Very much. So at the end the artificial intelligence methods used today are basic because the moment you can have the disease and the normal people and they'll say, which parameters are different? It's very difficult to see by eye [?]. You can see a person and measure the fever [?], yes, but it's very difficult to see by the eye, but the artificial intelligence method tells you the analysis of many parameters].
Now, if you need quantum computing, I am not so sure that you will need something like that for clinics, but certainly that will help do research. OK. We'll have more of the methods of AI that they are doing now, because of the method of neuronal network will benefit form faster and larger computers. But it was impossible to use some of the methods of AI. But tomorrow they could become possible. So, yes, absolutely, it's a necessary expansion, and the United States is lagging behind a lot because there is no industry yet using it.
I want to ask you, Enrico, for my last two questions, first a very broad question retrospective over the course of your career. Would you say—are you most proud of your contributions in basic science, in other words just simply discovering, or are you most proud of the way that your contributions in basic science have advanced human health?
Well, I'd say the second one. It's obvious. You are very proud when you go home and you say, oh, wow, I invented something new. But until you disseminate that, you make it available to others, you have done only a part of it. I don't know. It is certainly the dissemination which today is controlled by capital, so even if you have a good idea, that doesn't mean that you can apply it because you can tell it to a company and they will say, well, we have a different instrument that is making a lot of money; why we should change?
So it takes years, it takes many, many years—or taking new countries. You go in China and then those things are immediately accepted because they don't have the same control that we have here in the United States. But that's a different kind of thing, but certainly I'm much more proud when I look at people in, in Argentina, or in Chile, or in China, Thailand, wherever using the principle I developed. And I'm not jealous at all. That's very good. I would say that that is very important.
Enrico, you come from a physics background from your family and from your own training, and so I'd like to ask, as you primarily work in a biological field, what are some of the most important theories or concepts from physics that inform your research, they inform the way you see the world, inform the way you set up your research and the kinds of questions you ask?
Well, I will respond very personally to that. So I am a physicist but very, very, very early, at 17, 18, I learned to program. And then, probably that has been the single thing that makes my career different. So I never developed anything, but I am able to simulate or have a computer doing the experiment, and then I understand how it works because simply your brain cannot do everything, but for the computer is much easier.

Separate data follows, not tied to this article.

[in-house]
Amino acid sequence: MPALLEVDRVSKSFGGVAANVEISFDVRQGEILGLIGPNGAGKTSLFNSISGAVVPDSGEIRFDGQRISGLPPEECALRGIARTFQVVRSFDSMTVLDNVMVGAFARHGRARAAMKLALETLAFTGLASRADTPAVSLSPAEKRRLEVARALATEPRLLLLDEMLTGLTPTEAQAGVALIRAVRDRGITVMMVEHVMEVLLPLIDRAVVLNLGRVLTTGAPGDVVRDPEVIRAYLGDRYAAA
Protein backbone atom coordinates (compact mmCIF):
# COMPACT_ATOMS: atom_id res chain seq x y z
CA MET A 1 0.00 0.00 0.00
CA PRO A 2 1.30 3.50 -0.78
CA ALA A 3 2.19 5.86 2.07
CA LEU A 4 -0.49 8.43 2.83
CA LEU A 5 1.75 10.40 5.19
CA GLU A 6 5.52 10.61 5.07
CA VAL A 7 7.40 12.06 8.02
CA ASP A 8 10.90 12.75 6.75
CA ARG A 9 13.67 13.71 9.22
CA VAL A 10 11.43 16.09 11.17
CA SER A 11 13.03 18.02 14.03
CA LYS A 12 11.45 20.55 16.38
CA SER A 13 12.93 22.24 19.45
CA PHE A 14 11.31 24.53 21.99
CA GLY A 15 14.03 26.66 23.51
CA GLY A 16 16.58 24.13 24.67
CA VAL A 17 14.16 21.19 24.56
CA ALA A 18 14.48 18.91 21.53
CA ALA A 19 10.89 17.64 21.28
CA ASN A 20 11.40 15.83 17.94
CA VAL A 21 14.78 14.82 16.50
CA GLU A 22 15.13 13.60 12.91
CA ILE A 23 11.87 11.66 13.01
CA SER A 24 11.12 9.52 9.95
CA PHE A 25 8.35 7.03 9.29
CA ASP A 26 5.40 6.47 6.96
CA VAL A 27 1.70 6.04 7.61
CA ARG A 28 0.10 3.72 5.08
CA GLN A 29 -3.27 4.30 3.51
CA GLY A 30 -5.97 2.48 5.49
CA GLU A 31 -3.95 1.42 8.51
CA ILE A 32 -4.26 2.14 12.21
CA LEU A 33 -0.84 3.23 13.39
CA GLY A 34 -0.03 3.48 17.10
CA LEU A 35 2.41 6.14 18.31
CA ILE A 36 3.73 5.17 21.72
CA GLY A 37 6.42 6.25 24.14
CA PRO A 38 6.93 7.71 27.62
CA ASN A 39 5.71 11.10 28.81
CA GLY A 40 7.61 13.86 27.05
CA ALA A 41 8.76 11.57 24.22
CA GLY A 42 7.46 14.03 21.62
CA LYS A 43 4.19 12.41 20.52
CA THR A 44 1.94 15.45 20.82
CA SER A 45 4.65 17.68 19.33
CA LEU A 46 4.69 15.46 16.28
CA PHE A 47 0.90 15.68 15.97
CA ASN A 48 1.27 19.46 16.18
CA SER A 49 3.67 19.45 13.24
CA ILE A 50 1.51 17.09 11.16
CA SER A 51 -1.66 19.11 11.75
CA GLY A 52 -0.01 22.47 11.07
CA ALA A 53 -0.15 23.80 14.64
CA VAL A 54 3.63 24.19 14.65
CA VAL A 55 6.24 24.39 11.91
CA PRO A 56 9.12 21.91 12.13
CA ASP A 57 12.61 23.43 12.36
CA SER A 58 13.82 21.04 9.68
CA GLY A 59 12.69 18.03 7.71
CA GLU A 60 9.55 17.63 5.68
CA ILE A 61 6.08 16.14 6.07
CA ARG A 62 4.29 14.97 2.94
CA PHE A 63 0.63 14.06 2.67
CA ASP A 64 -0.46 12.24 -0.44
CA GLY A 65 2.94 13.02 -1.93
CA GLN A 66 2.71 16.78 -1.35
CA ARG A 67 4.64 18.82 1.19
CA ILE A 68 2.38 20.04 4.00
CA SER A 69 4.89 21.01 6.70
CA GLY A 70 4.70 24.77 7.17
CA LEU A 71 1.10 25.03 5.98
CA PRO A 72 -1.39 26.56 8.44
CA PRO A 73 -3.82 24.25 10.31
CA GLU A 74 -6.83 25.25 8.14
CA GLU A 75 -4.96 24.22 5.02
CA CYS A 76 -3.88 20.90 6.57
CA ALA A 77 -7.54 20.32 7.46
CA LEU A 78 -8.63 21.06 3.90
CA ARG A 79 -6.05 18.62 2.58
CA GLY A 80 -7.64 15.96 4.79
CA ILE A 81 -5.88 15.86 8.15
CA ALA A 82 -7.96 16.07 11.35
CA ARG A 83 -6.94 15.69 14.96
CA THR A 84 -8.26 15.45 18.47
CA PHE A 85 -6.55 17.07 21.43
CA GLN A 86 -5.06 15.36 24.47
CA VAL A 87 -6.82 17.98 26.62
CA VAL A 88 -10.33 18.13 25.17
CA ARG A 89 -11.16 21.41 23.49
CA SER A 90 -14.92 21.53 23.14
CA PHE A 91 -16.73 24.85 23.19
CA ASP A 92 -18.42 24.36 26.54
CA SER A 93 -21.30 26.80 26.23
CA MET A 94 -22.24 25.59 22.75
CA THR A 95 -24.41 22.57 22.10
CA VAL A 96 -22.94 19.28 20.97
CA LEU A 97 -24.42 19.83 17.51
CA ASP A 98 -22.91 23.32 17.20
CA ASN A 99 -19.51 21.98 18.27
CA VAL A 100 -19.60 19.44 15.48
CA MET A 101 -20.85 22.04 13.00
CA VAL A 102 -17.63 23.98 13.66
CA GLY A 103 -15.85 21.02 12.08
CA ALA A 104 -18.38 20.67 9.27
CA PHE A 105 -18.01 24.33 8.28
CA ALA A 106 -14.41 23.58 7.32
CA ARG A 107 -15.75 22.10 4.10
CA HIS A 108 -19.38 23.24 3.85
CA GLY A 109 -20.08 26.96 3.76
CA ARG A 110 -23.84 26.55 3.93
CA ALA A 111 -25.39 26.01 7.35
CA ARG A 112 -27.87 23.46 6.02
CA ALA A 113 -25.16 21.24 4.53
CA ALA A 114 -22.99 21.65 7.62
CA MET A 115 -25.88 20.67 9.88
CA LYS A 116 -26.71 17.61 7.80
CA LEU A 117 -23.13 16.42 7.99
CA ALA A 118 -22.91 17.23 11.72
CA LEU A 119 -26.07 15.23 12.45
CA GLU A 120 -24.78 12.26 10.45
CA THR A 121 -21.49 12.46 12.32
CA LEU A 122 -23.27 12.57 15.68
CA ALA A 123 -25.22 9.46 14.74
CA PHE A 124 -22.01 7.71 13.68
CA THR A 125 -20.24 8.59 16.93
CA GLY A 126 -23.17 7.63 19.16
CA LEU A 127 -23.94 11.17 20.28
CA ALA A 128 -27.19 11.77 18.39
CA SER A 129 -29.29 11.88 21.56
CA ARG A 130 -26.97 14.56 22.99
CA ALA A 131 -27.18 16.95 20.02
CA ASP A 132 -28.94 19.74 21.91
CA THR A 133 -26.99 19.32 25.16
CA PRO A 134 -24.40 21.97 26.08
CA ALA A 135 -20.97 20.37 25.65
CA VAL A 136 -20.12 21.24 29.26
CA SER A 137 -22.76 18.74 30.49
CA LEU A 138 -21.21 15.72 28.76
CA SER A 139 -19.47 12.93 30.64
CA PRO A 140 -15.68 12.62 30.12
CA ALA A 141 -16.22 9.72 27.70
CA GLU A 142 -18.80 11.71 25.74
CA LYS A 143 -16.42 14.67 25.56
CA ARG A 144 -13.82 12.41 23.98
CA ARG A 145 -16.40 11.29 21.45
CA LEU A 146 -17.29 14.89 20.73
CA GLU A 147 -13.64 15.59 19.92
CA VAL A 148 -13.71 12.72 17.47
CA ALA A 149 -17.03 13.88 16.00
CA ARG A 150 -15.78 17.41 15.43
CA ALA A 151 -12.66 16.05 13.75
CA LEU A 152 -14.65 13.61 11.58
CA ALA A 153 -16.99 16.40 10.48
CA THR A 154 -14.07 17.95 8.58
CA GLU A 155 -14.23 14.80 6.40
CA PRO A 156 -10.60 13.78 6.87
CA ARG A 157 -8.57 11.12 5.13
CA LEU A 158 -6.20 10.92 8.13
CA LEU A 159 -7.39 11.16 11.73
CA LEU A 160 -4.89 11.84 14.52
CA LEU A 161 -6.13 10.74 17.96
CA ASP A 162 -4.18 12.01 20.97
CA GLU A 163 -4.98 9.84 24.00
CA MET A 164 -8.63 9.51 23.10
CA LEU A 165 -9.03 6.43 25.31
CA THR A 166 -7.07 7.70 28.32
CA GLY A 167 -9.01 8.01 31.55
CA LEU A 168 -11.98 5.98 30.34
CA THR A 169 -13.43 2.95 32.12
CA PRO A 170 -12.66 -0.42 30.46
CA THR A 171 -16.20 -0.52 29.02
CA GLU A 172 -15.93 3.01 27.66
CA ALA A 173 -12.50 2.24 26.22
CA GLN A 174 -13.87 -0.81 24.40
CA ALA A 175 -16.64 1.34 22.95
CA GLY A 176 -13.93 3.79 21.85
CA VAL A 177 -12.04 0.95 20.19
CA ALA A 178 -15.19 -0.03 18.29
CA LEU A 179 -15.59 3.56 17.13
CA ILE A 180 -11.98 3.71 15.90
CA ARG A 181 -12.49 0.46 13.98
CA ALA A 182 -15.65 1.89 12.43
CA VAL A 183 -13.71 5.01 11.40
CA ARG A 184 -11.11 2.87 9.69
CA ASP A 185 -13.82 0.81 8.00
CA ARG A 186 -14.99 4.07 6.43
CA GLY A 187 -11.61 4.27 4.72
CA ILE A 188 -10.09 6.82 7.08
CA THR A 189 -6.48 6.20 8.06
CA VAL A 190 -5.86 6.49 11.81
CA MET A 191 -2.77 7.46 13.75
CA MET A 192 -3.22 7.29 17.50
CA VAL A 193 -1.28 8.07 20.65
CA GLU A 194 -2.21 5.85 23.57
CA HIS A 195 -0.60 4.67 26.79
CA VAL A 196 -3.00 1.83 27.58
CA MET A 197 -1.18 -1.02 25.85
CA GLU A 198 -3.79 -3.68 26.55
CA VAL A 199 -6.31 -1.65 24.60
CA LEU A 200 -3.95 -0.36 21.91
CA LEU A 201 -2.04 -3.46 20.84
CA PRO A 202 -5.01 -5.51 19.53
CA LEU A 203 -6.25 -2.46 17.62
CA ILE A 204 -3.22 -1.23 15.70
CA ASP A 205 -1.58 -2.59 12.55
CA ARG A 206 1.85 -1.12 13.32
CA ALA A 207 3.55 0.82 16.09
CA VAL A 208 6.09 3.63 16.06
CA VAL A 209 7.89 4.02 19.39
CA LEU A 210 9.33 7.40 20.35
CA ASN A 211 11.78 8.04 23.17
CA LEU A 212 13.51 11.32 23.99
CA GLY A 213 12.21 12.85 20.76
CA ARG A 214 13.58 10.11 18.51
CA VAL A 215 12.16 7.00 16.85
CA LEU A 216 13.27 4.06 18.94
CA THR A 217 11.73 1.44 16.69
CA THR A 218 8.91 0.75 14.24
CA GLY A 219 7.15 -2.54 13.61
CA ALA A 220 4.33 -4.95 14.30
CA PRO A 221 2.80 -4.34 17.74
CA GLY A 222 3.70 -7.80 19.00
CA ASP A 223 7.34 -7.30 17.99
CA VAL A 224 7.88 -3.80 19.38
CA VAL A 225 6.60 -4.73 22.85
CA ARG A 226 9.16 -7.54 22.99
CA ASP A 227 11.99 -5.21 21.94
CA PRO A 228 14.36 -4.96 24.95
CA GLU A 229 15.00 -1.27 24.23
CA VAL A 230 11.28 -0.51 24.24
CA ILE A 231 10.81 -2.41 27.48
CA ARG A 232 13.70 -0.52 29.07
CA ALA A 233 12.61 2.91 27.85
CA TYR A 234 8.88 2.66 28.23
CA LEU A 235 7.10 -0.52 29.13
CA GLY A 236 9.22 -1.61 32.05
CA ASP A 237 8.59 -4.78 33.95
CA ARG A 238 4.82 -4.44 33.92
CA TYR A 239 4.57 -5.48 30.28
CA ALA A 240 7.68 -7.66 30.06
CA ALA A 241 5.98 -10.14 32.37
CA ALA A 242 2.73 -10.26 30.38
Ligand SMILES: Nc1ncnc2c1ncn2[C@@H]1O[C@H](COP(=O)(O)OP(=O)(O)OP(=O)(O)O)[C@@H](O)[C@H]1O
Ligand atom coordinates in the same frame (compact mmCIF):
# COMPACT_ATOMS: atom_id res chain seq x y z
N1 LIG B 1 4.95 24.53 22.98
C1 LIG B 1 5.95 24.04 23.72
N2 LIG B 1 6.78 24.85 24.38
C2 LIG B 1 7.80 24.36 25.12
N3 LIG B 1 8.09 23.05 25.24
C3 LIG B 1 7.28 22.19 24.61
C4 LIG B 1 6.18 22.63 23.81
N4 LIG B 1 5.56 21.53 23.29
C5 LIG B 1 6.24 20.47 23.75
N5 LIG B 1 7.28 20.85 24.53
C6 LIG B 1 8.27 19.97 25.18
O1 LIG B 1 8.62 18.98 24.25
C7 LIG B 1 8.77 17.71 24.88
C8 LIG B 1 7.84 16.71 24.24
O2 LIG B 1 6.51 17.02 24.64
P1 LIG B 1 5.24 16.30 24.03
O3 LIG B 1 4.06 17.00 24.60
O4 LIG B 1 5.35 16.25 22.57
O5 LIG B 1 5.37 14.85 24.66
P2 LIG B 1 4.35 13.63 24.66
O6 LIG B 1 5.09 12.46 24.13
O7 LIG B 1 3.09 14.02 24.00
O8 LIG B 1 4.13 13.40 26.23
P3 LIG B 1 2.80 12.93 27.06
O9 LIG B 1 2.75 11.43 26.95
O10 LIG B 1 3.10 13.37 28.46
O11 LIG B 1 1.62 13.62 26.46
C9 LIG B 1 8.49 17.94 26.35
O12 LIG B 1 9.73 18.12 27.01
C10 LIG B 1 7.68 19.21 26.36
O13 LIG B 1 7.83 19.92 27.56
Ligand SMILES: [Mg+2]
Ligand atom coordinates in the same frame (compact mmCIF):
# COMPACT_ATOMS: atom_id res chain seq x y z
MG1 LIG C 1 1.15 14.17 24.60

And so I would say that that—I developed a virtual environment, everything that was working essentially inside the computer, and I remembered many ideas of how to do experiments, you program your computer when you get the answer you know how to do it. And that sort of knowledge which comes from physics but also comes from mathematics. It's not only the physics, it's really the preparation that you have in mathematics. You know how to do the method, and how to do the programming.
So I can tell you—to finish this thing and episode with my father—so I was a student. I was working with the convolution of Gaussians on spectroscopy, which in the '60s was something unique. And I remember we were in the same desk, but my father was in one side and I was sitting in the other. And I said, "Daddy, I have to tell you something that I learned how to do. I can resolve 3 gaussin a component in this Univac computer and it takes three hours." My father looked at me and said, "I do 16,000 components in less than a second." [laugh]
And he was right because he used a different method and so whatever was taking for me three hours, he was because I was wrong. So I will never forget that I was so proud of what I did but it was just conventional it was not an invention
—and he said, "I do 16,000 in a second."
That stayed with you.
Yeah. OK. So that maybe is a single case. yes. My father had a lot of influence but just saying the sentences or...
Well, Enrico, for my last question, I want to ask you to look ahead. What are the things that you're most excited about, both personally, in terms of what you want to accomplish for the remainder of your career, and beyond your career in your field, what do you see as some of the most promising advances in the research and the technology that will continue answering the questions that have motivated you over the course of your career?
Clearly, the questions have changed very much, but the technology has also changed. But I continue to have postdocs and students working with me, and that is the best thing I can continue, simply to teach. I don't know, sometimes some students don't need a lot of teaching. They know better. But in some way to help them in starting their career. And I still do that every single day. It's mentoring, and until I can do that, I think that that would be still the best thing I can do.
Well, Enrico, on behalf of everybody, your success is everyone's success, so I want to wish you a lot of luck as you continue in your career.
Yeah. And important is to be healthy.
That's right. Always. Enrico, it's such a pleasure to spend this time with you. Thank you so much.